In 1906, with the need for bigger facilities, Lowndes and Drury founded the Glass House in Lettice Street, Fulham. The building at 9, 10, 11 and 12 Lettice Street was established as a stained glass studio for works commissioned by Lowndes and Drury and for use by independent artists. It was a purpose-built stained glass studio and workshop, designed by Christopher Whall and Drury. The Glass House attracted many artists, including Wilhelmina Geddes and Robert Anning Bell. In the early twentieth century, it was considered the most important studio-workshop for stained glass associated with the Arts and Crafts Movement. Though the buildings remain they are no longer used as a workshop.

As early as the 1890’s Lowndes became involved in the Women’s suffrage movement attending the International Congress of Women in London in 189. In January 1907, Lowndes established The Artists’ Suffrage League (ASL) to create dramatic posters, postcards, Christmas cards, and banners for suffrage events. She became its chair and Barbara Forbes, her companion, was the secretary.

Between 1903 and 1914 the women’s suffrage movement began to engage in public demonstrations and other propaganda activities. Lowndes’ used her training as an artist and stained-glass designer on many banners and encouraged the use of bold shapes and a love of full, rich colors, using striking combinations of green and blue, magenta and orange. She wrote a guide in 1910 to help women create their own Banners and Banner-Making, saying of the suffrage banners: “you do not want to read it, you want to worship it. Choose purple and gold for ambition, red for courage, green for long-cherished hopes … It is a declaration.”

Her banners were designed with female images like flowers, lit lamps, shells, sun rays, winged hearts; and to honor female heroines like Boadicea, Elizabeth Fry, Florence Nightingale, Marie Curie, Josephine Butler, Jane Austen, Mary Wollstonecraft, Charlotte Brontë and even ‘Victoria, Queen and Mother’. These were carried in their hundreds or thousands in numerous marches including London’s Pageant of Great Women 1909, Hyde Park Rally 1910, From Prison to Citizenship 1911, Pilgrimage for Women’s Suffrage 1913, and later that year at the grand funeral procession of Emily Wilding Davison, the suffrage movement’s martyr who threw herself under the King’s horse at the Epsom Derby. The Women’s Library at the London School of Economics houses an album of her original banner designs including fabric swatches.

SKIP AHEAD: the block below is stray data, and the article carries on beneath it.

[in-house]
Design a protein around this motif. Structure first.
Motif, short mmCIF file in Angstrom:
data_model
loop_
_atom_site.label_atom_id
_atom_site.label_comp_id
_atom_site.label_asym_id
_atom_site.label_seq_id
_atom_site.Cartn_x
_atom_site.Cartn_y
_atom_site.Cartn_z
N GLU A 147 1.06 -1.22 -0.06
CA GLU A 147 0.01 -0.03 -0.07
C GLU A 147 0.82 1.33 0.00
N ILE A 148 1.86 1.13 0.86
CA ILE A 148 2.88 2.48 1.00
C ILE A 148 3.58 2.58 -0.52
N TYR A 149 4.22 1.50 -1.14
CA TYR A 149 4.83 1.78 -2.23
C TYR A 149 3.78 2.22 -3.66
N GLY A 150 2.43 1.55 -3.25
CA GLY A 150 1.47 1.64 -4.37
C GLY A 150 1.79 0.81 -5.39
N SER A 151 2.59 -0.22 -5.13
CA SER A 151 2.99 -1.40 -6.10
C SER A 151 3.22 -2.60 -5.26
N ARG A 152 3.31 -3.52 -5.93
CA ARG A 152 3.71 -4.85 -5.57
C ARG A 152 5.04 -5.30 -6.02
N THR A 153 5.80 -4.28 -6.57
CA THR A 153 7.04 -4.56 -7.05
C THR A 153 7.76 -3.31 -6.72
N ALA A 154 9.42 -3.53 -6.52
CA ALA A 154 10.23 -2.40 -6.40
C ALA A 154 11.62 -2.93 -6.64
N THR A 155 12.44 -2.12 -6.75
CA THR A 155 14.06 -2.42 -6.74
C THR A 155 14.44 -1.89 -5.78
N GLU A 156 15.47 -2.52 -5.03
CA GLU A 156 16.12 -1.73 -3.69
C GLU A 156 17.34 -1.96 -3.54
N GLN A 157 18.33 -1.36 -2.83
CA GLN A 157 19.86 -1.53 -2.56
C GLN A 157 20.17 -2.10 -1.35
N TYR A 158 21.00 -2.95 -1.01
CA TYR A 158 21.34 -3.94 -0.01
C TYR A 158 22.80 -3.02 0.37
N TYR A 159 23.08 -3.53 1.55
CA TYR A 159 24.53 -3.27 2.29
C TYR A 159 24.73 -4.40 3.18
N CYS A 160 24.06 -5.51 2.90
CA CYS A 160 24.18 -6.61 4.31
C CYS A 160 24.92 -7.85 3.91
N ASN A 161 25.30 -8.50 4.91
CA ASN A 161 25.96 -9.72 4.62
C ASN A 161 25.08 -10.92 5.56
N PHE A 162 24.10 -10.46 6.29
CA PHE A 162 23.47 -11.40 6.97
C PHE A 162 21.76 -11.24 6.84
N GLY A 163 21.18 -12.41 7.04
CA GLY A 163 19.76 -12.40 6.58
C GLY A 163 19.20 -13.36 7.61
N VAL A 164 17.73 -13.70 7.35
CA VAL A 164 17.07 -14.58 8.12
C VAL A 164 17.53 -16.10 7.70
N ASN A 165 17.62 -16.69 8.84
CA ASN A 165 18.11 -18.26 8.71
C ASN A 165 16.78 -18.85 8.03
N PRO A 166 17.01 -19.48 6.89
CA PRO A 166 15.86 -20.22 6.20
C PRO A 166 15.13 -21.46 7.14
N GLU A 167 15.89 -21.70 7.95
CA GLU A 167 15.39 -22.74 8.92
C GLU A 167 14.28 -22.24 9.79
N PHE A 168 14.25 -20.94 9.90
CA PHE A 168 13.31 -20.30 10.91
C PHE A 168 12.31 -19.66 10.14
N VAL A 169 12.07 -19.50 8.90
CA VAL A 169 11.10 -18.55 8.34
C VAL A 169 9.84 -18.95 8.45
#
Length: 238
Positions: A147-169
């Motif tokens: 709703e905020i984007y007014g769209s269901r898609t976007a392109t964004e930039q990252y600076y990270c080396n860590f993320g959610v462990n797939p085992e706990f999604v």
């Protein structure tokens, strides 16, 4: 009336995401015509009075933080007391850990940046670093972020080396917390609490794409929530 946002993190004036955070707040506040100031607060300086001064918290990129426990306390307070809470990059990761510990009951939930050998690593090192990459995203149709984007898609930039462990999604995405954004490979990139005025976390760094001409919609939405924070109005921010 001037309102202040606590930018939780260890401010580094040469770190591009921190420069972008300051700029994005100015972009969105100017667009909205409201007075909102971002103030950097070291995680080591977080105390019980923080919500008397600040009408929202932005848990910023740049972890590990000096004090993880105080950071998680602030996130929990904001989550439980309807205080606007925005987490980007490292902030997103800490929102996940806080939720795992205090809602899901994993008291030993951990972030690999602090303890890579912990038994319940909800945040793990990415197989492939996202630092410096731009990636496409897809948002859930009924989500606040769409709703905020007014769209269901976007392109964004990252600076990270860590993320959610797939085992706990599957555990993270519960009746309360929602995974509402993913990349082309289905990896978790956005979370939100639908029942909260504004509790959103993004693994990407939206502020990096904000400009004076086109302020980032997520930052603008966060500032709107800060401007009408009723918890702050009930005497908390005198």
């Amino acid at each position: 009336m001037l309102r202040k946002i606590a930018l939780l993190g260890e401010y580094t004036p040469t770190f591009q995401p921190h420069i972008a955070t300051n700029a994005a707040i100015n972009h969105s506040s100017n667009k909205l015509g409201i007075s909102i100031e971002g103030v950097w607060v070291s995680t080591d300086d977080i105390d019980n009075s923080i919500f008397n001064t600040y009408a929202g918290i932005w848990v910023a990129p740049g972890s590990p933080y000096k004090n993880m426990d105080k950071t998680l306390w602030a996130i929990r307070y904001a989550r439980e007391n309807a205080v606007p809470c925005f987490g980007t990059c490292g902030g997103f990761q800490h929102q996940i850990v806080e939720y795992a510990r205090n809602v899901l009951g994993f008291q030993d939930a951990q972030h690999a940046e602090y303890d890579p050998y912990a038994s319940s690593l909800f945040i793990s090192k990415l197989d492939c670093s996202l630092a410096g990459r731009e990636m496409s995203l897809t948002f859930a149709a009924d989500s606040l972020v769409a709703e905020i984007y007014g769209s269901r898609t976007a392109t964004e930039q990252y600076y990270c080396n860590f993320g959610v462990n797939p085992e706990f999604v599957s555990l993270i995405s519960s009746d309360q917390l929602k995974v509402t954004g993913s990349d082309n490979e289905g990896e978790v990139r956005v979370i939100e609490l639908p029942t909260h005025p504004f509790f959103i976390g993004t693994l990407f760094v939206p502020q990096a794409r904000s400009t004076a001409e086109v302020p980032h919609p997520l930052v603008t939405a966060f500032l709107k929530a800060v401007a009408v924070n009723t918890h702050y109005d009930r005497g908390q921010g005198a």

Mary Lowndes died in 1929 and was buried in Buxted, East Sussex, England. Her name and picture, and those of 58 other women’s suffrage supporters, are on the plinth of the statue of Millicent Fawcett in Parliament Square, London, unveiled in 2018.

Selected stained glass work:

  • Holy Innocents, Lamarsh, Essex – a scheme of three windows over several years.
  • Holy Trinity, Aberaeron, Ceredigion
  • St Andrew, Boxford, Berkshire
  • St Andrew, Meonstoke, Hampshire
  • St Andrew, Ufford, Cambridgeshire(the entire chancel scheme)
  • St Christopher, Haslemere, Surrey
  • St Erme, St Erme, Cornwall
  • St George’s Church, Altrincham, Cheshire
  • St John the Baptist, Snape, Suffolk
  • St Leonard, Heston, London
  • St Margaret, Mountain Ash, Rhondda Cynon Taff
  • St Mark, Marylebone, London
  • St Mary, Ewshot, Hampshire
  • St Mary, Linton, Cambridgeshire
  • St Mary, Pimlico, London
  • St Mary, Spittal, Pembrokeshire
  • St Mary, (Sturminster Newton), Dorset – 2 windows
  • St Mary, Welwyn, Hertfordshire
  • St Mary and St Blaise, Boxgrove, Sussex
  • St Peter, Great Cheverell, Wiltshire
  • St Peter, Henfield, Sussex
  • St Peter, Machynlleth, Powys
  • St Peter, Shropham, Norfolk
  • St Tydecho, Cemaes, Powys
  • St Yeghiche(Armenian), Kensington, London

Written by Elaine Ellis